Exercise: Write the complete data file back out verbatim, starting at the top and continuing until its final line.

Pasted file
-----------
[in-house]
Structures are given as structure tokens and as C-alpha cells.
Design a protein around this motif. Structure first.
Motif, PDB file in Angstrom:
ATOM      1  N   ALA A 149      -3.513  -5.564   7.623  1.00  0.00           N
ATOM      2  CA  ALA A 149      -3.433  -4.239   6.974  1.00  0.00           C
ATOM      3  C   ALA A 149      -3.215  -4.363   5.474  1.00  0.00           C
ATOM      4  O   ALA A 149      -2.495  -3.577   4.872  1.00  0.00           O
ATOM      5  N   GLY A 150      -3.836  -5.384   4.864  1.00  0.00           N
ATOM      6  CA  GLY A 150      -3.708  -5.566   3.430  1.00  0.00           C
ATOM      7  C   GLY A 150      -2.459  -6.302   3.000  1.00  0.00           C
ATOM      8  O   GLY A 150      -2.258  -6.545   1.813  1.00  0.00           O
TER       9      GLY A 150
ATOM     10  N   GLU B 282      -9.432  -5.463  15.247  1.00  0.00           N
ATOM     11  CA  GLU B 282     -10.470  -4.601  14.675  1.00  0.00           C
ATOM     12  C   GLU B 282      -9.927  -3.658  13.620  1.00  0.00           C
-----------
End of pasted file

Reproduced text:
[in-house]
Structures are given as structure tokens and as C-alpha cells.
Design a protein around this motif. Structure first.
Motif, PDB file in Angstrom:
ATOM      1  N   ALA A 149      -3.513  -5.564   7.623  1.00  0.00           N
ATOM      2  CA  ALA A 149      -3.433  -4.239   6.974  1.00  0.00           C
ATOM      3  C   ALA A 149      -3.215  -4.363   5.474  1.00  0.00           C
ATOM      4  O   ALA A 149      -2.495  -3.577   4.872  1.00  0.00           O
ATOM      5  N   GLY A 150      -3.836  -5.384   4.864  1.00  0.00           N
ATOM      6  CA  GLY A 150      -3.708  -5.566   3.430  1.00  0.00           C
ATOM      7  C   GLY A 150      -2.459  -6.302   3.000  1.00  0.00           C
ATOM      8  O   GLY A 150      -2.258  -6.545   1.813  1.00  0.00           O
TER       9      GLY A 150
ATOM     10  N   GLU B 282      -9.432  -5.463  15.247  1.00  0.00           N
ATOM     11  CA  GLU B 282     -10.470  -4.601  14.675  1.00  0.00           C
ATOM     12  C   GLU B 282      -9.927  -3.658  13.620  1.00  0.00           C